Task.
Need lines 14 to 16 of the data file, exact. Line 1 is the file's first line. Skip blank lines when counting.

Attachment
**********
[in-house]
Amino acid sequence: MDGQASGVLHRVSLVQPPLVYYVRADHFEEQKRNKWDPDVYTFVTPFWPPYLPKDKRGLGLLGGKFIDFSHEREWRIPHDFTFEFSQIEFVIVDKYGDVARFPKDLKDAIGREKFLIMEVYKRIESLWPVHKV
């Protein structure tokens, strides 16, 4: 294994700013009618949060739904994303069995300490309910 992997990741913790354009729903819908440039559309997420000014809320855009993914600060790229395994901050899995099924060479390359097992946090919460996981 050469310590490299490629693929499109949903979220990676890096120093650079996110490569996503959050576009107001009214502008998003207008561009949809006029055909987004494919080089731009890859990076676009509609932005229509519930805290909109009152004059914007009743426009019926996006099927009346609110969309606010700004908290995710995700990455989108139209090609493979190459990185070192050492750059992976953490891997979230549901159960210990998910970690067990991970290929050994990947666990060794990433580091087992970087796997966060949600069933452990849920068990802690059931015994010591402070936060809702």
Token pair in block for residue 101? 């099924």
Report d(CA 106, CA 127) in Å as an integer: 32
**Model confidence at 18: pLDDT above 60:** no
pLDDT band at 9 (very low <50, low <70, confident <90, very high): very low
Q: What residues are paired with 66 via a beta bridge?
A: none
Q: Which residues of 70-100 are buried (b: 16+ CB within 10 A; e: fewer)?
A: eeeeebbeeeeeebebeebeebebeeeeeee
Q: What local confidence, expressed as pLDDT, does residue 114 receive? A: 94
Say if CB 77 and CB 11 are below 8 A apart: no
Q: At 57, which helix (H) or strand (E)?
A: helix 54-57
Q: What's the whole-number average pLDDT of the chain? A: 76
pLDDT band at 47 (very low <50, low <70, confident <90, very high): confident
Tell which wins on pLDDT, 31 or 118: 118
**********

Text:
Q: At 57, which helix (H) or strand (E)?
A: helix 54-57
Q: What's the whole-number average pLDDT of the chain? A: 76